The NFL Players Association has fired the independent neurotrauma consultant who evaluated Miami Dolphins quarterback Tua Tagovailoa after he stumbled off the field against Buffalo last weekend, a person familiar with the decision told The Associated Press on Saturday.
The person who confirmed the firing, first reported by Pro Football Talk, spoke to the AP on condition of anonymity as a joint review by the NFL and its players’ union is underway into Tagovailoa’s speedy return to Sunday’s game.
Each game features three independent Neurotrauma Counselors (UNC). They are paid jointly by the league and players’ union to work with team doctors to diagnose concussions. The NFLPA is exercising its right to terminate UNC, which was directly involved in the decision to evict Tagovailoa, who suffered a concussion just four days later in Cincinnati Thursday night.
Tagovailoa initially appeared to be showing concussion symptoms after being hit to the head during the home game against Buffalo, but was cleared to return by a team doctor and UNC. He and the team later explained that his legs were shaky from a back injury.
After Thursday’s strike, when 6-foot-3, 340-pound defenseman Josh Tupou slammed him backwards onto the turf, Tagovailoa’s hands froze and his fingers flexed awkwardly in front of his face mask for a few seconds as he put the turf in cincinnati. He remained on the ground for several minutes before being carried away on a stretcher and taken to a hospital. He was discharged from the hospital and flew home with the team hours later.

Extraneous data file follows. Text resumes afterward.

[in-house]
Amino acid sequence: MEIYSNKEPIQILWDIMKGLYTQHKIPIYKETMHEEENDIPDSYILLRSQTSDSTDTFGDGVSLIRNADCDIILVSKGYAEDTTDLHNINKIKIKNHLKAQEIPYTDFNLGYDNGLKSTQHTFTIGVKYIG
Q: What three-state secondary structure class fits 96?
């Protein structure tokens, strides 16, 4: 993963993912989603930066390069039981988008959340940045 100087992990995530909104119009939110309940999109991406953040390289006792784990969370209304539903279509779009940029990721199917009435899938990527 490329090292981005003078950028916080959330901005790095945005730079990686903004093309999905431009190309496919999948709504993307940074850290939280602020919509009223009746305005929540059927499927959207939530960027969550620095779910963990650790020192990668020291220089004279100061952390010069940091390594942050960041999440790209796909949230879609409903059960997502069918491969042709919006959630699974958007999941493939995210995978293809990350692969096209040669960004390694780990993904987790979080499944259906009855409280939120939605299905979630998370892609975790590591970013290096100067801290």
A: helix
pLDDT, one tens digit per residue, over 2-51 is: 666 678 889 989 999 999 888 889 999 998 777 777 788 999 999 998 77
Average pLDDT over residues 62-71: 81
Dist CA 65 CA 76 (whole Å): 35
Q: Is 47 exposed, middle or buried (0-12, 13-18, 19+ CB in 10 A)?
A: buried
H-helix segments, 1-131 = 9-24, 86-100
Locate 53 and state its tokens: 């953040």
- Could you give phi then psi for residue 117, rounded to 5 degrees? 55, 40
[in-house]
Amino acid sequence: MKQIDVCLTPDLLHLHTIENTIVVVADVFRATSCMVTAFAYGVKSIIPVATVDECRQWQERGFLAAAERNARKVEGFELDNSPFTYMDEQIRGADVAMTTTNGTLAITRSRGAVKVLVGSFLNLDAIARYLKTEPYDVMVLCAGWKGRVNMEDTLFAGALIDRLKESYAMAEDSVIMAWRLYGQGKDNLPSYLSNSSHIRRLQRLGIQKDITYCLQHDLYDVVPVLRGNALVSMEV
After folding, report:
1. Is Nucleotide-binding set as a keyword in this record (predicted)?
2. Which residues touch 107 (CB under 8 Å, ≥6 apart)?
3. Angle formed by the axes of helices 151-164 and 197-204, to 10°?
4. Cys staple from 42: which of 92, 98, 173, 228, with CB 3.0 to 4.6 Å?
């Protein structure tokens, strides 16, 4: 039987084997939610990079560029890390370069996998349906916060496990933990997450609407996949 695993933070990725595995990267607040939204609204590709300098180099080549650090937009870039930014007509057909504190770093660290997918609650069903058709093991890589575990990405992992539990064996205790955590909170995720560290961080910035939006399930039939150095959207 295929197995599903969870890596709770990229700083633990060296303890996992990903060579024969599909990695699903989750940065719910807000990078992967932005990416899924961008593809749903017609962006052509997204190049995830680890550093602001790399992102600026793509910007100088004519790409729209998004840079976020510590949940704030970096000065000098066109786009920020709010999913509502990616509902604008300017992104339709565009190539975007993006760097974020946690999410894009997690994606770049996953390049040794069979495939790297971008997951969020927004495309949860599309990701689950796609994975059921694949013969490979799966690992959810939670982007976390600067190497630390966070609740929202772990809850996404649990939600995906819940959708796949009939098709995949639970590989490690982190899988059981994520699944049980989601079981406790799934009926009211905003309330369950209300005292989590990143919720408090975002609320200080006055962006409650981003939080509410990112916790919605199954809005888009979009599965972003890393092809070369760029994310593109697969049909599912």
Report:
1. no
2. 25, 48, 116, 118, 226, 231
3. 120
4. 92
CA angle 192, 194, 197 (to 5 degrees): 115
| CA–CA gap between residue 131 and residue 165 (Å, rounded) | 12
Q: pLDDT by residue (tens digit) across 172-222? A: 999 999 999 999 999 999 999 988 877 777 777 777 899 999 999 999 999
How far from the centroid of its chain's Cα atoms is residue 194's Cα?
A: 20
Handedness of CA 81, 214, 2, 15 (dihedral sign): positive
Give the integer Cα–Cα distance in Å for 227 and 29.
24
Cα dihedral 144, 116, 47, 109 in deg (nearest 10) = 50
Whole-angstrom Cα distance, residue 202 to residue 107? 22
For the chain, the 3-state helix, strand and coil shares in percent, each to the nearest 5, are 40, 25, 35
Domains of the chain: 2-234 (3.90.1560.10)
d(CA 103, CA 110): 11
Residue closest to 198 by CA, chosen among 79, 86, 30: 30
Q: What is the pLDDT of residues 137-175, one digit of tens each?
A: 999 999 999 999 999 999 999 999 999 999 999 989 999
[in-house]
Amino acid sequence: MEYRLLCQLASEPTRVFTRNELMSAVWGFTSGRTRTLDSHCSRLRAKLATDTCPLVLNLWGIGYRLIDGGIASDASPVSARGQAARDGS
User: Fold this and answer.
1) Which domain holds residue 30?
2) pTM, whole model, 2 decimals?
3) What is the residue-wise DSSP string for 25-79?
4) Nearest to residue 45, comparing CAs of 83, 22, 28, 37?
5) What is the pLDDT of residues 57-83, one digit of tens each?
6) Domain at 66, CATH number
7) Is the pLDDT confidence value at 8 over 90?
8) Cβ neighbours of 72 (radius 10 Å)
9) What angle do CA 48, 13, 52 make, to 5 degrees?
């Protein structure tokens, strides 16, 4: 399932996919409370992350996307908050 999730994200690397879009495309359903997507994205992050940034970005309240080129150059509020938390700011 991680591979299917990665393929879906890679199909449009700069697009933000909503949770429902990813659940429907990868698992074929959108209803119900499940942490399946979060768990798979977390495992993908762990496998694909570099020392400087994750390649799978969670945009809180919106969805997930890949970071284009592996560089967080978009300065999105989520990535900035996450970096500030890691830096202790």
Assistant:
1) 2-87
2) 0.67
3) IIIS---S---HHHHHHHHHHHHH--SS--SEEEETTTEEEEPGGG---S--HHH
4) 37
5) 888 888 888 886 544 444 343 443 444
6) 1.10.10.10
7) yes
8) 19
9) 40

It is not known if there is a connection between the two injuries. Concussions are common in the NFL, especially when a player is thrown to the ground by a man Tupou’s size and his head hits the turf.
Dolphins coach Mike McDaniel defended the team’s handling of the quarterback’s injury against the Bills when he took a hit from linebacker Matt Milano late in the first half and appeared to hit his head on the turf. Tagovailoa stumbled while getting up and was taken to the dressing room for a check-up, then returned to the game early in the third quarter.
McDaniel reiterated Friday that Tagovailoa was cleaned by multiple shifts of medical workers during that game and said the QB didn’t have a head injury, so he wasn’t on the concussion log ahead of Thursday’s game. McDaniel said Friday there was no timetable for Tagovailoa’s return.
Many observers questioned why Tagovailoa was allowed to return to the field against the Bills.
The league and NFLPA issued a statement saying they had made no conclusions about “medical errors or violations of protocol” while the investigation was ongoing. However, the two added that “modifications are needed…to improve player safety” and that they “expect changes to the (concussion) protocol” in the coming days based on what has been learned so far in the review process. “